Francis Arthur Powell Aveling (1875–1941)DD D.Sc PhD DLit MC[1][2] ComC[3][4] (25 December 1875 – 6 March 1941) was a Canadian psychologist and Roman Catholic priest. He was the president of the British Psychological Society from 1926 until 1929.[5]


Aveling went to school at Bishop Ridley College in Ontario, before studying at McGill University in Quebec, Keble College in Oxford, England, and the Canadian College in Rome where he obtain a Doctor of Divinity qualification.[4]

He obtained a PhD at the age of 35 from the University of Louvain and D.Sc and DLit qualifications from the University of London, where he was also awarded their Carpenter Medal.[4]


Aveling worked at University College, London from 1912 as a lecturer, under the leadership of Charles Spearman, until the First World War.[4] During the war he served in France as a chaplain in the British Army, after which he returned to the University of London.[1] In 1922 he transferred to King's College, London where he was became reader and later professor of psychology.[4] He married in 1925.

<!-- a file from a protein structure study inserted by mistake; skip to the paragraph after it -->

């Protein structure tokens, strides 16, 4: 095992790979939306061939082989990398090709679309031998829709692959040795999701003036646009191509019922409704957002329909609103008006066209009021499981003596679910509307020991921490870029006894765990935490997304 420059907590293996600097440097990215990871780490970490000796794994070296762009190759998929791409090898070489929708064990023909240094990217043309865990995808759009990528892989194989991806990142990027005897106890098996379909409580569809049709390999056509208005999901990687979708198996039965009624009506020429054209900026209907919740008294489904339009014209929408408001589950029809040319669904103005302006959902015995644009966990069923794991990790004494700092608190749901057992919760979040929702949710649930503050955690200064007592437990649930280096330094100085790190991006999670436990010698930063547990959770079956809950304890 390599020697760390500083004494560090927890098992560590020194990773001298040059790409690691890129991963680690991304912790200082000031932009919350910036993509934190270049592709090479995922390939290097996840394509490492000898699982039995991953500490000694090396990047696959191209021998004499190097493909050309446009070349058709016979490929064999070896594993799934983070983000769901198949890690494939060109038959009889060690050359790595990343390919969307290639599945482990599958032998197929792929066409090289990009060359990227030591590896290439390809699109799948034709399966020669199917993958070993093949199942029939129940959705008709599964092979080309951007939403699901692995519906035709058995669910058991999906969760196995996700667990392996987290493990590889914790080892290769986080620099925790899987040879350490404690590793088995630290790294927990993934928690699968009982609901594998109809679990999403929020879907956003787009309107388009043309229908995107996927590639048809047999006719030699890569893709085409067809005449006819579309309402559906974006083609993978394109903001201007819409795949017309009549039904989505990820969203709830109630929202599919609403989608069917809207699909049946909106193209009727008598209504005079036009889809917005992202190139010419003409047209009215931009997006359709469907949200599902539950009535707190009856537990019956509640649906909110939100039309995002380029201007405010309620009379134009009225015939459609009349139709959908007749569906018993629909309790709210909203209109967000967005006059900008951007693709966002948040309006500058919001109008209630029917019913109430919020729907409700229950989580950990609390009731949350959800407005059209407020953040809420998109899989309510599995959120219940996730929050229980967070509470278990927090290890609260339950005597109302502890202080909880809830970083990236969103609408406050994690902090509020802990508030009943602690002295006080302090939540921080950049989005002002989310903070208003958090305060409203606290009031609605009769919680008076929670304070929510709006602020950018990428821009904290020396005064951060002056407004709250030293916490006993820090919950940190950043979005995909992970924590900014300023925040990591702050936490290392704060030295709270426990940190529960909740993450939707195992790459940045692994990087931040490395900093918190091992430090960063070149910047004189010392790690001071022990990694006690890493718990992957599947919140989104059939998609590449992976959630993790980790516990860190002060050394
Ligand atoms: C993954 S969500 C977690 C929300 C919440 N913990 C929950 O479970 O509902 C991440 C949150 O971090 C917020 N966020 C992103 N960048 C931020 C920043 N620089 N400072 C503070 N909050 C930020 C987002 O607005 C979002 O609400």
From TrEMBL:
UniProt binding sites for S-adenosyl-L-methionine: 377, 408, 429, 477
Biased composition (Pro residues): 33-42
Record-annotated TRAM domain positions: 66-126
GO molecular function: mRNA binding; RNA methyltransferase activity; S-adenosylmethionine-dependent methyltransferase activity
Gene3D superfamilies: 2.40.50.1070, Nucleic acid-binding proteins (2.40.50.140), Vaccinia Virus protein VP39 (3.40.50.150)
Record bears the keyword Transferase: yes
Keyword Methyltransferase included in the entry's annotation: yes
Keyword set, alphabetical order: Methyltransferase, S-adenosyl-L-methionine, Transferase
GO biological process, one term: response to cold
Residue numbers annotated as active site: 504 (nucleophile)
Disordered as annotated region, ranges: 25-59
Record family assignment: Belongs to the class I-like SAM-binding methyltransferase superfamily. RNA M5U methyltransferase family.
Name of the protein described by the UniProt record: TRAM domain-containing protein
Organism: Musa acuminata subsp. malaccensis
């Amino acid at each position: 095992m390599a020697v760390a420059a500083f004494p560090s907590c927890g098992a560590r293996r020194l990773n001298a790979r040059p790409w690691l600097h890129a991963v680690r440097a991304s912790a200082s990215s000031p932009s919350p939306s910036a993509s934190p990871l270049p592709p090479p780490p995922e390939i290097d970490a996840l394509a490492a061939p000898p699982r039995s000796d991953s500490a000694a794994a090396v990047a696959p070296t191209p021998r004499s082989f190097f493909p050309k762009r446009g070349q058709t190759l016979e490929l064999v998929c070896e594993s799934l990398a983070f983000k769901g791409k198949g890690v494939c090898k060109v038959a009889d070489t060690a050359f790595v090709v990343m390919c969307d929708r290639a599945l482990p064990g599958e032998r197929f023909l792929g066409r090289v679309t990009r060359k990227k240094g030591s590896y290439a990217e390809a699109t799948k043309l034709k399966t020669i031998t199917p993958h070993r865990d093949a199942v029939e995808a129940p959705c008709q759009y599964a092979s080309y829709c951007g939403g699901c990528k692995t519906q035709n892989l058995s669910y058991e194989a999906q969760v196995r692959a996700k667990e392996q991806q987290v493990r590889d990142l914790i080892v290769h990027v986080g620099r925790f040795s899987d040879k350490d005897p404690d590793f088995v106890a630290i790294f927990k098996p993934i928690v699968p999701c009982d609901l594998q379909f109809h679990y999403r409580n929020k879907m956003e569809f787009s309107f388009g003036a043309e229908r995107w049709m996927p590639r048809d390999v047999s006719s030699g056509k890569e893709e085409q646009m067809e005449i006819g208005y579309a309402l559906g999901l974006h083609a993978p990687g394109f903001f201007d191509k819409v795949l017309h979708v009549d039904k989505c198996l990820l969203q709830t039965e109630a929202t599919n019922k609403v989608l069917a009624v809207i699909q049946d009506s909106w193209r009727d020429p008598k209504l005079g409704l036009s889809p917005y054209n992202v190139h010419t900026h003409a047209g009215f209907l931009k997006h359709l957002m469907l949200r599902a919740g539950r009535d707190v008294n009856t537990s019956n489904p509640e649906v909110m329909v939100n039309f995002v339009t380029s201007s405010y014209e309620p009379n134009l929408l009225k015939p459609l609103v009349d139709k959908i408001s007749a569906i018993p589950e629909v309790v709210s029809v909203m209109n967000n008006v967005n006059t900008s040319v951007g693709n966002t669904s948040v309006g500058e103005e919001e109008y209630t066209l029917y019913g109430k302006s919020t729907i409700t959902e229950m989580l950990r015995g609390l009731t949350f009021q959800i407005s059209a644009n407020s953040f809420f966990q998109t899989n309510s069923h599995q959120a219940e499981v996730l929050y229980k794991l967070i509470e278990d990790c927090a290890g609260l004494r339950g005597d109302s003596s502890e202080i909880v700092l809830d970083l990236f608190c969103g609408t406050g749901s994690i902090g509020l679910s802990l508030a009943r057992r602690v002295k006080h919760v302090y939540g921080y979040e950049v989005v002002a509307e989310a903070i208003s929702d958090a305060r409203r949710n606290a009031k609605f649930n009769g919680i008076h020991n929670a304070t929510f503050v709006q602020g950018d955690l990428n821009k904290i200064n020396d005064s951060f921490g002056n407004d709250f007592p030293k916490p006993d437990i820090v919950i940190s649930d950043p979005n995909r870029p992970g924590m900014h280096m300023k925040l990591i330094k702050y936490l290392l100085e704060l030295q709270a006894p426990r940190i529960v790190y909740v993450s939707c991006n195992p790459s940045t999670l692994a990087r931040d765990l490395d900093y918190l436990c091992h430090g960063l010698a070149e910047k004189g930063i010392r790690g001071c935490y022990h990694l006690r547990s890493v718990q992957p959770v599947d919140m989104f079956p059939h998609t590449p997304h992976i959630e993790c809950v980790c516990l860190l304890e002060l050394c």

References Edit

  1. Cite error: Invalid <ref> tag; no text was provided for refs named amjopsy
  2. includeonly>"London Gazette", 3 June 1918, pp. 6462–6463.
  3. includeonly>"London Gazette", 7 October 1919, pp. 12414–12415.
  4. 4.0 4.1 4.2 4.3 4.4 (July 1941)Obituary Notice Francis Aveling 1875-1941. British Journal of Psychology 32 (1): 1–4.
  5. Presidents of the British Psychological Society. History of Psychology Centre. URL accessed on 28 January 2012.
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